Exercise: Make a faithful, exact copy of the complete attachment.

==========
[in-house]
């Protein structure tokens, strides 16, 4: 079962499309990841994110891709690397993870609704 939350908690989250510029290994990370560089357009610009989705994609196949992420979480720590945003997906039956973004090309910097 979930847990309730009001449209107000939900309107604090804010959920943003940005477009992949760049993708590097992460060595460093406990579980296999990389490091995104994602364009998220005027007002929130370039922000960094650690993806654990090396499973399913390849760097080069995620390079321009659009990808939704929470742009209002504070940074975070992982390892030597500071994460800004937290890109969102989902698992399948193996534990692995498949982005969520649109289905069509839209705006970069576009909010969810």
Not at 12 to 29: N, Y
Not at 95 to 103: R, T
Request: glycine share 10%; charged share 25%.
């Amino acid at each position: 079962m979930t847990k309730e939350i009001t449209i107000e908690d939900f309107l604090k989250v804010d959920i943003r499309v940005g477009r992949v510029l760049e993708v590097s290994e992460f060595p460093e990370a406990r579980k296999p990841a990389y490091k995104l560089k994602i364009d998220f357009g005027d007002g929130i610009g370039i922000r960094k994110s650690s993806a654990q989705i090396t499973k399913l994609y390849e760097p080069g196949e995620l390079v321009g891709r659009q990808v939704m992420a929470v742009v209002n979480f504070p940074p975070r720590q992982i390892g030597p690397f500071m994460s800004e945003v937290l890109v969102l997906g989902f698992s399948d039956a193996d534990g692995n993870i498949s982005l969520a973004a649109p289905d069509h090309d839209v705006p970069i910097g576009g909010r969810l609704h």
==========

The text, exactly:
[in-house]
């Protein structure tokens, strides 16, 4: 079962499309990841994110891709690397993870609704 939350908690989250510029290994990370560089357009610009989705994609196949992420979480720590945003997906039956973004090309910097 979930847990309730009001449209107000939900309107604090804010959920943003940005477009992949760049993708590097992460060595460093406990579980296999990389490091995104994602364009998220005027007002929130370039922000960094650690993806654990090396499973399913390849760097080069995620390079321009659009990808939704929470742009209002504070940074975070992982390892030597500071994460800004937290890109969102989902698992399948193996534990692995498949982005969520649109289905069509839209705006970069576009909010969810």
Not at 12 to 29: N, Y
Not at 95 to 103: R, T
Request: glycine share 10%; charged share 25%.
């Amino acid at each position: 079962m979930t847990k309730e939350i009001t449209i107000e908690d939900f309107l604090k989250v804010d959920i943003r499309v940005g477009r992949v510029l760049e993708v590097s290994e992460f060595p460093e990370a406990r579980k296999p990841a990389y490091k995104l560089k994602i364009d998220f357009g005027d007002g929130i610009g370039i922000r960094k994110s650690s993806a654990q989705i090396t499973k399913l994609y390849e760097p080069g196949e995620l390079v321009g891709r659009q990808v939704m992420a929470v742009v209002n979480f504070p940074p975070r720590q992982i390892g030597p690397f500071m994460s800004e945003v937290l890109v969102l997906g989902f698992s399948d039956a193996d534990g692995n993870i498949s982005l969520a973004a649109p289905d069509h090309d839209v705006p970069i910097g576009g909010r969810l609704h």